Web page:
The effectiveness of return in EU Member States: challenges and good practices linked to EU rules and standards

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While the return of irregularly staying third country nationals (TCN) is a priority for the Irish State, in accordance with Protocol No.21 to the Treaty on the Functioning of the European Union (TFEU) Ireland does not participate in the EU Return Directive (2008/115/EC). A Return Decision is defined in the Return Directive as an administrative decision or judicial act, stating or declaring the stay of a third-country national to be illegal and imposing or stating an obligation to return. In Ireland, the closest equivalent decision is a deportation order.

There are several key differences between the Irish return system and that provided for under the Directive. The concept of “risk of absconding” does not exist in the Irish context. Furthermore, unlike under the Return Directive, entry bans are not issued independently to deportation orders in Ireland.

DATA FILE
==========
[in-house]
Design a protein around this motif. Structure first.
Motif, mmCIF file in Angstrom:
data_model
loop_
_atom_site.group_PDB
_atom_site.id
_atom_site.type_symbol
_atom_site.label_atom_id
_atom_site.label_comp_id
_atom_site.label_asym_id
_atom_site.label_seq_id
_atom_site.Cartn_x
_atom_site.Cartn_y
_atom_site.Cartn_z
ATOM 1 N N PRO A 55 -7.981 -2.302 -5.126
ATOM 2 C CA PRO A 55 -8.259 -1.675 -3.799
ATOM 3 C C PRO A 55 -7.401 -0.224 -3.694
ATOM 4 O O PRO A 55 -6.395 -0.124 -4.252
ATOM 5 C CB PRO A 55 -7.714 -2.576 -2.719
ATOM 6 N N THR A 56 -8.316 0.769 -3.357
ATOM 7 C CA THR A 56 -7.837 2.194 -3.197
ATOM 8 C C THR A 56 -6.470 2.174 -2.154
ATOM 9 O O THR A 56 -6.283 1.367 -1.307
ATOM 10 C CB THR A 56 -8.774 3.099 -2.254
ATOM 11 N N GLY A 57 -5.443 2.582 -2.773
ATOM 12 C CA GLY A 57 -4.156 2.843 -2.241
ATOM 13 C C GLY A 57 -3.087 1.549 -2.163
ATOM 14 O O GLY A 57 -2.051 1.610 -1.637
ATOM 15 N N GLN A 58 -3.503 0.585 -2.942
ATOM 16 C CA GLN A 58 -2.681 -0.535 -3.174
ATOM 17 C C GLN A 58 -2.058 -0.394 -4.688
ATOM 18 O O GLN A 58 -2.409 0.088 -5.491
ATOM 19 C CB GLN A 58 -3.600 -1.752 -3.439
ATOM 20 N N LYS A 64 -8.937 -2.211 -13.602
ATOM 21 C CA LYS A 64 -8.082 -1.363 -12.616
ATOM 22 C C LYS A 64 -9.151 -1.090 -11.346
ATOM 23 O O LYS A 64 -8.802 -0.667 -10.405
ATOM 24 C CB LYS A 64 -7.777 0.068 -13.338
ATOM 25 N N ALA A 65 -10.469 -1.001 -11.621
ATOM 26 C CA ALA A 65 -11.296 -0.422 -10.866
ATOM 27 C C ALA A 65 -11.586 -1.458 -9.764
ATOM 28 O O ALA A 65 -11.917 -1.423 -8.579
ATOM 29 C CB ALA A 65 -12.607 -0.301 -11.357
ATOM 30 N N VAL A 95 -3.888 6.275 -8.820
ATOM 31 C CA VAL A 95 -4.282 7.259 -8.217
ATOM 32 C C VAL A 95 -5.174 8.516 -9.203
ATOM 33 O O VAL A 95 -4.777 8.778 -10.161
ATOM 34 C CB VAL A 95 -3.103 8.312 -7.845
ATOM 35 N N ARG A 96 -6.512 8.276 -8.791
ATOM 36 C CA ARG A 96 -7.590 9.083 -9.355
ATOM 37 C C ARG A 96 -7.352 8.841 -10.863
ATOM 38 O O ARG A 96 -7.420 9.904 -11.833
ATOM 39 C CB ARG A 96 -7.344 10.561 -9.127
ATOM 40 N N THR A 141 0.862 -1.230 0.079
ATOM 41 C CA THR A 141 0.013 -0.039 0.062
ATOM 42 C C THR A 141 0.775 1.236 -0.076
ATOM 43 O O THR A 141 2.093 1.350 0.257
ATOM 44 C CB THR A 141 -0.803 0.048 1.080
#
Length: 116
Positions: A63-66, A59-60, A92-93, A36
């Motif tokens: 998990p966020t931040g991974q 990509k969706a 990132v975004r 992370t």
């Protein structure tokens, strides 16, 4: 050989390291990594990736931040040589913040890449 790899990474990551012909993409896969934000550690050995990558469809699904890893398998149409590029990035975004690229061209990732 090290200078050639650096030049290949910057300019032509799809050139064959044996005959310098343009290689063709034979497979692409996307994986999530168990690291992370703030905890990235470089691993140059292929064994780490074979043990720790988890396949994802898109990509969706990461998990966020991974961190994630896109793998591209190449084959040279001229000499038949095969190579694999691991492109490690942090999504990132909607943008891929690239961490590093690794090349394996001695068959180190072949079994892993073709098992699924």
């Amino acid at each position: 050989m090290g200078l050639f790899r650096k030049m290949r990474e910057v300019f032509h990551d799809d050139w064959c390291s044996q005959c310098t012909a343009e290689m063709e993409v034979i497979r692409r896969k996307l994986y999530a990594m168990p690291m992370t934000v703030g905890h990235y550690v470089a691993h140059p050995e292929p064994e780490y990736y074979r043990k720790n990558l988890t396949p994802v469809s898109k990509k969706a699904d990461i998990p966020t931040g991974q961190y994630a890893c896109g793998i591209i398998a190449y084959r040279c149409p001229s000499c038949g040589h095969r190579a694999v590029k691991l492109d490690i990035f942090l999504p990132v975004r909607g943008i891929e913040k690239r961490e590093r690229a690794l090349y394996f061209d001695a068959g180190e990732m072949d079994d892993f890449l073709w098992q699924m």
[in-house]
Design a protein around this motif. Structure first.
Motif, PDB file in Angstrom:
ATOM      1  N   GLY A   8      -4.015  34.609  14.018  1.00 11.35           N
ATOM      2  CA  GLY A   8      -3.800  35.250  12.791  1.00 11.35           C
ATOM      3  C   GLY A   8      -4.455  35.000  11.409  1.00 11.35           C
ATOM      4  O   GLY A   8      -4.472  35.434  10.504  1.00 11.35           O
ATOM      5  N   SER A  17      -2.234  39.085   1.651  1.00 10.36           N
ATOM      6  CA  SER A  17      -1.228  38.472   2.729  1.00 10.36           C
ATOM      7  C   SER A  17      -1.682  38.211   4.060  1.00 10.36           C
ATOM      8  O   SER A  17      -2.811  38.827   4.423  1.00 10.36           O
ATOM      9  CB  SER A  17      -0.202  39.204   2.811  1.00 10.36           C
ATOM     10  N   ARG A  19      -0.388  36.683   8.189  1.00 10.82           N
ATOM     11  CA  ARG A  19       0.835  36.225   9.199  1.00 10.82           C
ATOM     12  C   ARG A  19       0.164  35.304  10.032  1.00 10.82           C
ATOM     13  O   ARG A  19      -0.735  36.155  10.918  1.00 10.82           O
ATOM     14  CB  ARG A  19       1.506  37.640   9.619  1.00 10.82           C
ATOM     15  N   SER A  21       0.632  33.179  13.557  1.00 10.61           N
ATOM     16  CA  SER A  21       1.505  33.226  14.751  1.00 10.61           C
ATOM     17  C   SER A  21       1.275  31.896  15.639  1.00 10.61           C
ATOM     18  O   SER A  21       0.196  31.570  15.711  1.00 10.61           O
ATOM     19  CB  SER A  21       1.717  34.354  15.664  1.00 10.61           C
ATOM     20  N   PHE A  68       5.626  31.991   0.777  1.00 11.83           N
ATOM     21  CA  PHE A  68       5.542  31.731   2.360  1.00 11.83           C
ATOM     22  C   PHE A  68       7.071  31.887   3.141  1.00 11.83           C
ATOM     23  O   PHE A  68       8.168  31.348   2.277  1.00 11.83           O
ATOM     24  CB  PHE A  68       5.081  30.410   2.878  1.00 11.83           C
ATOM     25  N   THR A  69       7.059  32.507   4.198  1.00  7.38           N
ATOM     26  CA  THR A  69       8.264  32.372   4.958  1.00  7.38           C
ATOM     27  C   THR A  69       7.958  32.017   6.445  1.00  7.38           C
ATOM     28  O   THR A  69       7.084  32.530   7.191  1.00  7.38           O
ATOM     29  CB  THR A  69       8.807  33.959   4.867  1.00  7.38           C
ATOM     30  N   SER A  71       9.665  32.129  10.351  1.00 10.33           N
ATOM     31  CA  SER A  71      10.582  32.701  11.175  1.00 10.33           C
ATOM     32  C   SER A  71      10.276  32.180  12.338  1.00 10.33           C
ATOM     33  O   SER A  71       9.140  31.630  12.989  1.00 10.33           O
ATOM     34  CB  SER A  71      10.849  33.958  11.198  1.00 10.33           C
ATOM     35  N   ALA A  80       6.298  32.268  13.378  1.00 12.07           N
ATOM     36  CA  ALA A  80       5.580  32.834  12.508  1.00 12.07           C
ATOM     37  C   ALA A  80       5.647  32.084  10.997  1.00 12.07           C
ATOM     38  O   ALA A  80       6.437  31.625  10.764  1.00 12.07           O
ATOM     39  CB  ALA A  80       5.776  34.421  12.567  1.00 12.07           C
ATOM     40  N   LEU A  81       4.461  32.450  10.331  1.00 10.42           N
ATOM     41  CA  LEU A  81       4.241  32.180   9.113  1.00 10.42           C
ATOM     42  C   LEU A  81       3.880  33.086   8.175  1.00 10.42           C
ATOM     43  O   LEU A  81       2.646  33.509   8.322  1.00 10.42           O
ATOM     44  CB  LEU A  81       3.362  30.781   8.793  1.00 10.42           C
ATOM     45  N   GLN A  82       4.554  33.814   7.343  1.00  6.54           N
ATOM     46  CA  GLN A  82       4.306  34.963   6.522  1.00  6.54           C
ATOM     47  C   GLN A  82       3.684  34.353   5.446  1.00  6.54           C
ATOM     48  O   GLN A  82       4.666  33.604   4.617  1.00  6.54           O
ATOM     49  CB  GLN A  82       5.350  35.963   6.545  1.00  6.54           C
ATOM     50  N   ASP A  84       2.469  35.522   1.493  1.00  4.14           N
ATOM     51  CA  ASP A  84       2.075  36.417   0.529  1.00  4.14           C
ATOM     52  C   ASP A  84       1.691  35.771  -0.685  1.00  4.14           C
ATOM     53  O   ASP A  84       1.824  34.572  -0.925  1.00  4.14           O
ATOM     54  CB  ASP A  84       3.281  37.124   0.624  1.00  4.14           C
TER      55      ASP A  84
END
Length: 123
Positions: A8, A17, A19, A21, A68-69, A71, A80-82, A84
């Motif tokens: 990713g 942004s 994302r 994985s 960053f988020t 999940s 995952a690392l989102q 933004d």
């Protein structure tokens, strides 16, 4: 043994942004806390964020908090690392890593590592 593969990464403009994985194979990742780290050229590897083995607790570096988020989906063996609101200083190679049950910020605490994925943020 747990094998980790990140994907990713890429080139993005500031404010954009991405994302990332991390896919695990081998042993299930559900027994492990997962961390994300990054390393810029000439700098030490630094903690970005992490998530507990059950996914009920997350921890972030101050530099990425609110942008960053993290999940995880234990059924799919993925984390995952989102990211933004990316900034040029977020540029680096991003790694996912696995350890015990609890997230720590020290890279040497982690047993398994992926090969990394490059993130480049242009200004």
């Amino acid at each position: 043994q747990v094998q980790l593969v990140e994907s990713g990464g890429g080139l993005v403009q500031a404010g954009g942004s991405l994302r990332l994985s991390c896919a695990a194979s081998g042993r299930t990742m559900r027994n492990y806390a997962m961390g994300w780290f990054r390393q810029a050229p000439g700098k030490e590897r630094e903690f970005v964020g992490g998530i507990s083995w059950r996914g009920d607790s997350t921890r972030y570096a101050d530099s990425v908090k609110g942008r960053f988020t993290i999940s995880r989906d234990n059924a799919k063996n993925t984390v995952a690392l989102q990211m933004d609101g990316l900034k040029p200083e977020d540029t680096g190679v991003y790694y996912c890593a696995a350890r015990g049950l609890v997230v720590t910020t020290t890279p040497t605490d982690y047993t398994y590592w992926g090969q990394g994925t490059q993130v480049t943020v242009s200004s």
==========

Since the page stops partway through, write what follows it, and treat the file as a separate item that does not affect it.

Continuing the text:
Since the commencement of the International Protection Act 2015 separate provision exists under Section 51 for the deportation of unsuccessful protection applicants. In the Irish return context, separate documents contain elements of the Return Decision. The notification that the individual does not have a legal basis to remain is contained in the final negative determination received by unsuccessful applicants for International Protection and in a notice of intention to deport (known as a ‘15-day letter’) for all others.

Note: This EMN Ireland Study Template is un-refereed work-in progress used to inform the EMN synthesis report. EMN Ireland Study Templates may be downloaded for personal use only. Study Templates should not be cited in published work.

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Author(s):Martina Byrne and Emma Quinn
Publication Date:07 Nov 2017
Geographic Focus:Ireland
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